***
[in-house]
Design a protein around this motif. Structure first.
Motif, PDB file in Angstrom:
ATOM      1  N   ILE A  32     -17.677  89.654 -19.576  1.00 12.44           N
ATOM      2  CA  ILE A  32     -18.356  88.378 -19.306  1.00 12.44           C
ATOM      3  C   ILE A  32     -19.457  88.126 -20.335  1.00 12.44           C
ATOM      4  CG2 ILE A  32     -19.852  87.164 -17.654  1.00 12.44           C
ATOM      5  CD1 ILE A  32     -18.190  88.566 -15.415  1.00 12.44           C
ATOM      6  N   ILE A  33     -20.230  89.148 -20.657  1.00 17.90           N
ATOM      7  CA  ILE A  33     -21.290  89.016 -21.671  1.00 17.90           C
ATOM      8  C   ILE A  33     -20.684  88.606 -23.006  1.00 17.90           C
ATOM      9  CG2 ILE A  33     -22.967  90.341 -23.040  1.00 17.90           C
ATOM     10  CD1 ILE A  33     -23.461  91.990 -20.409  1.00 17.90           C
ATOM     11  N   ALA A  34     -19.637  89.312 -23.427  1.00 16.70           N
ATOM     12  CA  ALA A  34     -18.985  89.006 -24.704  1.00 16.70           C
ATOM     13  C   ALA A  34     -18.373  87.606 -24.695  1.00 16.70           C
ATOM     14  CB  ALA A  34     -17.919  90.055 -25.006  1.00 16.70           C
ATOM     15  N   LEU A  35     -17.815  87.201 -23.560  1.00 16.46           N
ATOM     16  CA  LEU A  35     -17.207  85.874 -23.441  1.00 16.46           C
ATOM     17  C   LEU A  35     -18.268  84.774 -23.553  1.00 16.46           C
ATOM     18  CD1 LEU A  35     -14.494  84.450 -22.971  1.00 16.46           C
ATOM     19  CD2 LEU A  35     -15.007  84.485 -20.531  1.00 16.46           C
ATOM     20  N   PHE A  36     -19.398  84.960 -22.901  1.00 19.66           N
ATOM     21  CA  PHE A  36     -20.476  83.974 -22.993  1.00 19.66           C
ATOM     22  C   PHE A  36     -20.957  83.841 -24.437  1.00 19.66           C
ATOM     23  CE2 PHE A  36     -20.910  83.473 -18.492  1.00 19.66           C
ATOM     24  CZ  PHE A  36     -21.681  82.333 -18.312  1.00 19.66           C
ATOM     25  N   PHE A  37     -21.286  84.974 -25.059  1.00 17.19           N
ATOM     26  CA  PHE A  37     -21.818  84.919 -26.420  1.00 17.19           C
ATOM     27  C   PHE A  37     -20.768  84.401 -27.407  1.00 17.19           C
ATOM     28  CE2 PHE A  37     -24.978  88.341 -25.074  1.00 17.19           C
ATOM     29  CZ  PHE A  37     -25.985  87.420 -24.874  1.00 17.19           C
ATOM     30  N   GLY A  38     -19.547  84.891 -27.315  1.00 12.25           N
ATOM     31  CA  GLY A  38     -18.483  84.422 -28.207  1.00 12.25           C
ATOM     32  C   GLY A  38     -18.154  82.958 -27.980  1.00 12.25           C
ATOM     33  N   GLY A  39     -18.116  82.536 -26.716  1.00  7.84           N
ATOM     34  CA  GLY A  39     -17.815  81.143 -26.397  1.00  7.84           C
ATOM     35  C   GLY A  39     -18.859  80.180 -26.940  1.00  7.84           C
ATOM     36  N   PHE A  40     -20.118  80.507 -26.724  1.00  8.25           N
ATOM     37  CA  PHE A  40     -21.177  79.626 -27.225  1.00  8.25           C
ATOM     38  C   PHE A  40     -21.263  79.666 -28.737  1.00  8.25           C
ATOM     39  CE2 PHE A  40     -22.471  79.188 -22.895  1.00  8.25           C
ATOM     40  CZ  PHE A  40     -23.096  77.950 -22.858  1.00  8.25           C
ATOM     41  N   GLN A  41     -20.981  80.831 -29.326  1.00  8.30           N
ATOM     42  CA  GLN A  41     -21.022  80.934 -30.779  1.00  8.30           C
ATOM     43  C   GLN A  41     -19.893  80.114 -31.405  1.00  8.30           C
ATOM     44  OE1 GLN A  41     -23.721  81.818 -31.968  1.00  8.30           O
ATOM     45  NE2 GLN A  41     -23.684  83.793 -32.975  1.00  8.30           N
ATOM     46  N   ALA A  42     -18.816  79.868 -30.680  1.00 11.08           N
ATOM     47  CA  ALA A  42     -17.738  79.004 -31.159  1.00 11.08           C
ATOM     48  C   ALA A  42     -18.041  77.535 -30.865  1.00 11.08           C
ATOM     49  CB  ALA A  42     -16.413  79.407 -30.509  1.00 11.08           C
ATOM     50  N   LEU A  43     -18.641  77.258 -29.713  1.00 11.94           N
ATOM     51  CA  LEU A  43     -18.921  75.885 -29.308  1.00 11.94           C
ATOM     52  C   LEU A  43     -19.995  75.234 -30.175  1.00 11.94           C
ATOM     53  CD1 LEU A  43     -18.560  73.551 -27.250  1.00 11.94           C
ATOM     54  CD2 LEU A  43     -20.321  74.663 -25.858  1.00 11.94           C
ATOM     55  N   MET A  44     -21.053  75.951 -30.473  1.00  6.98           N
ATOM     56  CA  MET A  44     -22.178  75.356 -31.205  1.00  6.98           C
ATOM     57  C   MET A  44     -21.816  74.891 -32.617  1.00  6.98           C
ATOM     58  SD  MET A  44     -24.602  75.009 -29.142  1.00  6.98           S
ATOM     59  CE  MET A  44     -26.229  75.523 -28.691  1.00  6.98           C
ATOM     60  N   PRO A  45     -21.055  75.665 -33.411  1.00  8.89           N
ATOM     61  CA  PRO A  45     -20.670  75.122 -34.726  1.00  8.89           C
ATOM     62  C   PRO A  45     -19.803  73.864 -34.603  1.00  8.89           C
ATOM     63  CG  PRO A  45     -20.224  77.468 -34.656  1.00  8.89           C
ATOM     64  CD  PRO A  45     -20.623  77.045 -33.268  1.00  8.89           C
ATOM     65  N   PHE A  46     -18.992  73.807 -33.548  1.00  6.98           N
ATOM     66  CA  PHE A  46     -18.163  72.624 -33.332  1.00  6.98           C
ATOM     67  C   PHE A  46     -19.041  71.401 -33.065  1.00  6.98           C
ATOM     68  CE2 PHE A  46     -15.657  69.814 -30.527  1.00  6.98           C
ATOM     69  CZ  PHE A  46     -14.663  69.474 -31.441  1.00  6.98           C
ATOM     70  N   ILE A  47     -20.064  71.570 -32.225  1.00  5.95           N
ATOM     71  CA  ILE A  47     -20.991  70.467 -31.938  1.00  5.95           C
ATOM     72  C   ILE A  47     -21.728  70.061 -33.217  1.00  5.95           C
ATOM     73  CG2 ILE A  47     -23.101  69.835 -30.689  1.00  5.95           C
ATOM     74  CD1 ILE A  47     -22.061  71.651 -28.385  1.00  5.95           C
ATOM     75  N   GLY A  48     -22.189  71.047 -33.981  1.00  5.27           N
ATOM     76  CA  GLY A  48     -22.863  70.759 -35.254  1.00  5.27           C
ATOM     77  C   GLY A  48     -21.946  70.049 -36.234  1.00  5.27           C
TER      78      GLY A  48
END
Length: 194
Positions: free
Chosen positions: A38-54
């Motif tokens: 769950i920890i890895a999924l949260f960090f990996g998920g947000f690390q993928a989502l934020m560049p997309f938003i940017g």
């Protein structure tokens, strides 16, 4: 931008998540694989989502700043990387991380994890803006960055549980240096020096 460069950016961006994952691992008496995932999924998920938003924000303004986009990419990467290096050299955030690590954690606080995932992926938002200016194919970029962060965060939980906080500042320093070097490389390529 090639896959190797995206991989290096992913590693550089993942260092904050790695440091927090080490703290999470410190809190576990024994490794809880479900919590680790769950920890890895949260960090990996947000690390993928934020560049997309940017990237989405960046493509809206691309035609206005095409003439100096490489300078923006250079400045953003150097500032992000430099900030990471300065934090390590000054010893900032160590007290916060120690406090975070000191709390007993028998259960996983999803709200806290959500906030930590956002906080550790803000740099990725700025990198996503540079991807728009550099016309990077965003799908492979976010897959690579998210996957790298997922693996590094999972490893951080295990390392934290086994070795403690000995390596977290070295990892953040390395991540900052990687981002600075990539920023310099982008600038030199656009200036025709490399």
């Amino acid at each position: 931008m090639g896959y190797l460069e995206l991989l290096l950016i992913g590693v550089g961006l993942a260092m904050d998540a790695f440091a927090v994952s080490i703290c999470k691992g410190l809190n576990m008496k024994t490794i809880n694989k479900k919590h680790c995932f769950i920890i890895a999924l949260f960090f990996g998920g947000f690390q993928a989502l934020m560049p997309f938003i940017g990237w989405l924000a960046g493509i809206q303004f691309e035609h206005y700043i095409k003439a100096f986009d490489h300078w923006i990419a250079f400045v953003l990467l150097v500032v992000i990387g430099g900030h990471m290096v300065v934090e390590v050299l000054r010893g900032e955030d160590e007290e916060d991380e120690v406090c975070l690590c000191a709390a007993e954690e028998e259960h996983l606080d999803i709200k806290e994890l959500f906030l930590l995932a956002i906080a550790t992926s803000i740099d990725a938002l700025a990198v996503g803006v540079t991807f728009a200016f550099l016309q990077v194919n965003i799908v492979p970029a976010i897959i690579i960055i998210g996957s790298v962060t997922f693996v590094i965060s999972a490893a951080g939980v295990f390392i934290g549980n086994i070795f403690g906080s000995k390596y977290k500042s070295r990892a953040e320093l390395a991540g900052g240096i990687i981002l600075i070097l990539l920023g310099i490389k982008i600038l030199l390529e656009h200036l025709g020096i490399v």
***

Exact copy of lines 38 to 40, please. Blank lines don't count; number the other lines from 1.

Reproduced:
ATOM     35  C   GLY A  39     -18.859  80.180 -26.940  1.00  7.84           C
ATOM     36  N   PHE A  40     -20.118  80.507 -26.724  1.00  8.25           N
ATOM     37  CA  PHE A  40     -21.177  79.626 -27.225  1.00  8.25           C